I don't understand the complexities of high finance. But hedging in its simplest form makes sense to me - it is just a kind of insurance. Farming is a terribly risky business, and tools like forward contracts and options help both farmers and buyers (such as flour millers) fix prices ahead of time, when they are planning their own investments. This might mean giving up some potential profit, but most people think it is worth it to insure against a massive loss if prices don’t go the way you expected.
In the absence of such insurance mechanisms, farmers are reluctant to take risks, and this means they are likely to invest less and produce less. This is a big problem for most developing countries, where farmers have little money to invest and face very high risks. Low food production is one of the reasons that an estimated 1 billion people in developing countries still go hungry. Although pilot risk management schemes such as weather insurance have been started up over the past few years, including by NGOs such as Oxfam, the numbers of people benefiting are still very small. To really have an impact on hunger, the world needs to scale up risk management work drastically (as discussed in ODI’s last annual report).
Over the past few years there have also been moves to introduce hedging tools to governments of developing countries, who have an acute interest in keeping their food import costs down. Better use of hedging during the international food price spike in 2007-8 could have saved poor countries billions of dollars in foreign exchange. For example, Egypt imported an estimated 7 million tonnes of wheat in 2007-8, when international wheat prices were rocketing upwards. According to World Bank calculations the country might have saved over 600 million dollars if they had bought options contracts. The World Bank - together with the UK Government through the Department for International Development (DFID) - supported the Government of Malawi to do just this in 2005, when drought set food prices soaring for the third year in a row. The Government saved several million dollars on maize imports for humanitarian use, over a two month period.
The World Food Programme (WFP) is also taking expert advice from the World Bank and others on how it might use hedging tools in future. If WFP can persuade its big funders to think ahead instead of waiting until pictures of hungry children appear on the telly, it will be able to use tools like forward contracts and options to cut the price of its food purchases. That could mean a lot more hungry people fed for the same money.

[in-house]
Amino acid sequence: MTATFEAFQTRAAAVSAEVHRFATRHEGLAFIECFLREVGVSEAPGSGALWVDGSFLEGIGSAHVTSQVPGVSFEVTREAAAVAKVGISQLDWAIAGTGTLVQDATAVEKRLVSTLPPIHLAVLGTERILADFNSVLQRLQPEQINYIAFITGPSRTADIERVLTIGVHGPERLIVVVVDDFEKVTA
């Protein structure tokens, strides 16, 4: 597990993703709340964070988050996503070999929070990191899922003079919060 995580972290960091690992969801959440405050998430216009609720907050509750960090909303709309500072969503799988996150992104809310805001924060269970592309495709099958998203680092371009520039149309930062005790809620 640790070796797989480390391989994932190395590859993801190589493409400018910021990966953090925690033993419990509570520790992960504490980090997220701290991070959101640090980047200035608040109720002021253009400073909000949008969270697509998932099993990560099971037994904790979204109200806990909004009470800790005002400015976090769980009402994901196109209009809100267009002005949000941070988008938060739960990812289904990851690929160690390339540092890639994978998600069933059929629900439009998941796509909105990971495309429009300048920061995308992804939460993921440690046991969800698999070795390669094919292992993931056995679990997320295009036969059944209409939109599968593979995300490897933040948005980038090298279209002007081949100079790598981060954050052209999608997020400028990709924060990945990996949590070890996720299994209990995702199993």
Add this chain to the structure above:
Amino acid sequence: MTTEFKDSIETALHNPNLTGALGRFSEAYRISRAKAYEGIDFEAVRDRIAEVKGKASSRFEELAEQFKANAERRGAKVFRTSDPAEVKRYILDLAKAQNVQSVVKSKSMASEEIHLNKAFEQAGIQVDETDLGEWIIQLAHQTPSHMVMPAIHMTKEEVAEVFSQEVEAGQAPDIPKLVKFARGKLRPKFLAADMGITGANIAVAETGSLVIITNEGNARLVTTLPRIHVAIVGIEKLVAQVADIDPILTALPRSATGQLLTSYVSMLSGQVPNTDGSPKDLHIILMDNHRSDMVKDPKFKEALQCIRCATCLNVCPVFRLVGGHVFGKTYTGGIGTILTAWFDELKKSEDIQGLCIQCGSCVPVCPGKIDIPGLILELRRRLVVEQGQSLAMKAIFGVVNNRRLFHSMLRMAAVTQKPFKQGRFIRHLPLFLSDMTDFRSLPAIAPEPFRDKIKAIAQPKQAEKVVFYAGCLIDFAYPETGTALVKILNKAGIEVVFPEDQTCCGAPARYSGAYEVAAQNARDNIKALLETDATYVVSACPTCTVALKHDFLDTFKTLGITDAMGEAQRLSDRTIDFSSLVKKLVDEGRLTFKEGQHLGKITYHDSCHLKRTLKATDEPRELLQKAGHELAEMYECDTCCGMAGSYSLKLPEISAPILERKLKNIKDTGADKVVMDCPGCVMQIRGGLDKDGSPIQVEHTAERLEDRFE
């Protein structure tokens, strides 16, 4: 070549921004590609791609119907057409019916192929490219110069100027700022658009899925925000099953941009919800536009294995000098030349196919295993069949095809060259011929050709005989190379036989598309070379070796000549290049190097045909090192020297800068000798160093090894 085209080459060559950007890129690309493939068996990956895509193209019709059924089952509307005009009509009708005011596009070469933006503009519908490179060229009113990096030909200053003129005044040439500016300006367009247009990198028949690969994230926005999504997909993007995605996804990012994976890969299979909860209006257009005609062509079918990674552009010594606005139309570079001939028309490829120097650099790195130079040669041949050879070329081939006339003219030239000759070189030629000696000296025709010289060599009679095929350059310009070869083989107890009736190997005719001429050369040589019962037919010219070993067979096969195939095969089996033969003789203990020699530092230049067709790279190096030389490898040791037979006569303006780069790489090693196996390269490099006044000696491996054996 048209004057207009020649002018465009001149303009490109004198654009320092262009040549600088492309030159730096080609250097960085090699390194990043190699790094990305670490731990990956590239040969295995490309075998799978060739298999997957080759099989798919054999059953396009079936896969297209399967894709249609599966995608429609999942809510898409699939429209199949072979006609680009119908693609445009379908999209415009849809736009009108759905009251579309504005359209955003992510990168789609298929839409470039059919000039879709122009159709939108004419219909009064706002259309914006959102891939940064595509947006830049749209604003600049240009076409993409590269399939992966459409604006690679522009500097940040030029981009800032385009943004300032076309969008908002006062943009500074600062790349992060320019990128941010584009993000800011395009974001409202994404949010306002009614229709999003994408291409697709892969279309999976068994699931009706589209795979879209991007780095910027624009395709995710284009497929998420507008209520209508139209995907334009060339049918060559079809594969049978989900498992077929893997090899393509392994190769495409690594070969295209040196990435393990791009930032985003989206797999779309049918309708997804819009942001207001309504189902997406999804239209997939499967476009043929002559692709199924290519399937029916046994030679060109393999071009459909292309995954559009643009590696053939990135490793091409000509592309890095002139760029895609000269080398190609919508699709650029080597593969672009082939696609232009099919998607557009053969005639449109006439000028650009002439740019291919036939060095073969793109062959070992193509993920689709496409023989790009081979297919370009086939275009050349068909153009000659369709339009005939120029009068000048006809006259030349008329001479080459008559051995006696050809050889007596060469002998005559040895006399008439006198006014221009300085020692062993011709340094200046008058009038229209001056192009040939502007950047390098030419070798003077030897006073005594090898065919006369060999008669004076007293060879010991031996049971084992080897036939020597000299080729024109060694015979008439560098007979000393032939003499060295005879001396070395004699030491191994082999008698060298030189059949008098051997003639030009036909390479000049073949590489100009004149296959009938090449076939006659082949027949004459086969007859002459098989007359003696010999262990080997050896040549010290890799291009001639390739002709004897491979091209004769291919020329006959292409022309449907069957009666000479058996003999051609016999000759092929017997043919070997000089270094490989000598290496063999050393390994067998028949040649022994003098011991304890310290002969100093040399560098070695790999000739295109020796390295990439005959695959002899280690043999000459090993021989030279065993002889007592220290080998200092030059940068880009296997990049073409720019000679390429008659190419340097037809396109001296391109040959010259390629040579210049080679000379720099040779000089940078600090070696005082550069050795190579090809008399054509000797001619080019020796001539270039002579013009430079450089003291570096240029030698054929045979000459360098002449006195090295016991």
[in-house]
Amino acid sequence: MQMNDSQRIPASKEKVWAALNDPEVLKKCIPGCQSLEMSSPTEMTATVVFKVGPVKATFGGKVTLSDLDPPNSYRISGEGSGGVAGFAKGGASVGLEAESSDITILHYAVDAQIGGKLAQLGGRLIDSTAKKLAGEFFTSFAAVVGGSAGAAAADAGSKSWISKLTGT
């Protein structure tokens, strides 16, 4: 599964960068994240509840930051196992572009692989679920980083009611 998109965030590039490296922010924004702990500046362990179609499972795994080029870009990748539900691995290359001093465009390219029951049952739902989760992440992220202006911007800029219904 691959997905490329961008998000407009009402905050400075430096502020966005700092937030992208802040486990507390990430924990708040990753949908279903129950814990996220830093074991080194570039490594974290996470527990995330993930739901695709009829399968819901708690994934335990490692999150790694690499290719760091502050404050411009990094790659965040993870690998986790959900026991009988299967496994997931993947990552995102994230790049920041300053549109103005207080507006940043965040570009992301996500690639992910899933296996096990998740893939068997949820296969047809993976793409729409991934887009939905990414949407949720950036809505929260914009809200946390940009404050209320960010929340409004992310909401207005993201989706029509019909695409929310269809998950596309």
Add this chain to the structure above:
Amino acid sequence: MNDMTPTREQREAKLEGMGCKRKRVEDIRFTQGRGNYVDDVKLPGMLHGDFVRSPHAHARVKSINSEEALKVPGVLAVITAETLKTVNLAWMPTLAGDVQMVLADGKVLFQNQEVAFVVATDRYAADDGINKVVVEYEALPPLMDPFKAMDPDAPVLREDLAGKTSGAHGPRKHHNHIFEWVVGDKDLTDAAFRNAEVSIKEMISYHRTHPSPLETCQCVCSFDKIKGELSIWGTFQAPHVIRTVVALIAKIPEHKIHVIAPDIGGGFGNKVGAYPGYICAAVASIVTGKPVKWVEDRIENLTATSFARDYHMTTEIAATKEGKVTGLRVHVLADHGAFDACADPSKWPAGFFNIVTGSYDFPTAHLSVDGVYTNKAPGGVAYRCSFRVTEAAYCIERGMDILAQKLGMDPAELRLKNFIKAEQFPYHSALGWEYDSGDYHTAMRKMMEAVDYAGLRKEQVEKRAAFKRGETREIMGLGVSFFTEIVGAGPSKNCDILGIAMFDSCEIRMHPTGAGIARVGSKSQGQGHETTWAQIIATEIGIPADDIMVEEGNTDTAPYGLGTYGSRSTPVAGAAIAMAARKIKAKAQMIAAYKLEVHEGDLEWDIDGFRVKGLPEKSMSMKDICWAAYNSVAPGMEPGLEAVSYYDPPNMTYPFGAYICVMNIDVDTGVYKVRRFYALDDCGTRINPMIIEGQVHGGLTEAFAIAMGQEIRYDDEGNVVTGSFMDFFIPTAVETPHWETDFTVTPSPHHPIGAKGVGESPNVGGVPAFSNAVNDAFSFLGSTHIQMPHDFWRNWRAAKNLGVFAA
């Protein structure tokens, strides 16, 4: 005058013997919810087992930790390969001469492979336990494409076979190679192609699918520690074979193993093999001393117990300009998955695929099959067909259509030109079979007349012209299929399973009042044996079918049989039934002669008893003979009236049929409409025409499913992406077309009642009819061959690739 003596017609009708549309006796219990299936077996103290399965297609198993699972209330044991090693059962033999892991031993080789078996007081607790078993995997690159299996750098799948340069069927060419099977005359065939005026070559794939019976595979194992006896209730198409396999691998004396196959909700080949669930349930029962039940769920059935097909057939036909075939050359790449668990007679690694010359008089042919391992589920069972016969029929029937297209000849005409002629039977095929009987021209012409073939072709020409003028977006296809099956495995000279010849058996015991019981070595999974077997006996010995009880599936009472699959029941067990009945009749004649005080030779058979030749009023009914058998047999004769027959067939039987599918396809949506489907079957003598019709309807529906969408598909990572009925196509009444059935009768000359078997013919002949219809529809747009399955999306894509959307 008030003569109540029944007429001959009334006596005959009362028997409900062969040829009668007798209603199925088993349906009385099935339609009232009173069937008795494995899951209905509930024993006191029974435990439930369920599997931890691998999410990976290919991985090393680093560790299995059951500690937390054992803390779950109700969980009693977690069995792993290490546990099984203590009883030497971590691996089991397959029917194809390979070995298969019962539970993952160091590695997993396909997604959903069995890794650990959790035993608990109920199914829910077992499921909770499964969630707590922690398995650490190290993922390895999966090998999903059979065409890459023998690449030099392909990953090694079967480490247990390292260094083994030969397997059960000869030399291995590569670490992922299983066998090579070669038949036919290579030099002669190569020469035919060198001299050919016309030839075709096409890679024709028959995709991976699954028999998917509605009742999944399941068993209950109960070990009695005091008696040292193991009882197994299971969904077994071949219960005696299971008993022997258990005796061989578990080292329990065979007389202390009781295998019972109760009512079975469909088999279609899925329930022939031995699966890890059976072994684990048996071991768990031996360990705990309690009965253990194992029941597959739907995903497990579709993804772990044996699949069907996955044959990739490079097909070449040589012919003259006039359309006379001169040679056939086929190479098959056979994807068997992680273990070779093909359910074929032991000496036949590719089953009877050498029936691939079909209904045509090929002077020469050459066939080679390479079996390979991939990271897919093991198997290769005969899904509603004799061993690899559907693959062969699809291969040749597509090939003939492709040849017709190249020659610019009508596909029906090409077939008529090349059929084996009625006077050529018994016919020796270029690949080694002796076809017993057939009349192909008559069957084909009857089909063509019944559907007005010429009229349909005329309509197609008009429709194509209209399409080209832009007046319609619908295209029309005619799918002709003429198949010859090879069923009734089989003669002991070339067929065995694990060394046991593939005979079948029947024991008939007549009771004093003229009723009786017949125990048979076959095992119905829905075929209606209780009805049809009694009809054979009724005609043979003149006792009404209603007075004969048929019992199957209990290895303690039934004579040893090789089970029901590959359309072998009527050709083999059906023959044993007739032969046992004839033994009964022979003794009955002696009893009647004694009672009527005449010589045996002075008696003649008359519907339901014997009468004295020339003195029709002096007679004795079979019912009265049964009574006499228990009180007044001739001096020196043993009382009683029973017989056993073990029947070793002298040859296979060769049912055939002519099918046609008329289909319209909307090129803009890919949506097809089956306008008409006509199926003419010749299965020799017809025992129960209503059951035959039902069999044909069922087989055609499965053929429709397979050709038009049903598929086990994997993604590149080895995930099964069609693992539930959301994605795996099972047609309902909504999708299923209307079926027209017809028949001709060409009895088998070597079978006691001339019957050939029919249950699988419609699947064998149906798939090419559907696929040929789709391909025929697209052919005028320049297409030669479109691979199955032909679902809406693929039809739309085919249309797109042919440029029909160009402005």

So what was I doing with the aforementioned City slickers? I was representing the ODI/DFID High World Food Prices Project at a workshop on Agricultural Risk Management in Developing Countries, organised by the World Bank with the governments of Switzerland (SECO) and the Netherlands (MFA). The workshop brought together experts in hedging and derivatives, insurance companies and banks with farmers’ organisations, NGOs, donors, and lots of other people interested in developing country agriculture. We had lively debates about the spectrum of risks that farmers face (weather, locusts and sudden government policy changes, among others!) and improving ways of tackling them. The organisers are developing a web site to share international experience on this.
It would be great if we could see farmers and governments in developing countries able to manage and insure their risks in the way that rich countries routinely do. Many experts predict increasing uncertainty in international food markets, due to climate change and unpredictable oil prices, among other things. So managing risks will become a vital skill for national food security - and if developing countries don’t have access to the right ‘hedges’ then they will be at a disadvantage.
I look forward to hearing readers’ views - and any examples of risk management being used in agriculture and food security. Do you agree that a hedge can stop us falling into a ditch?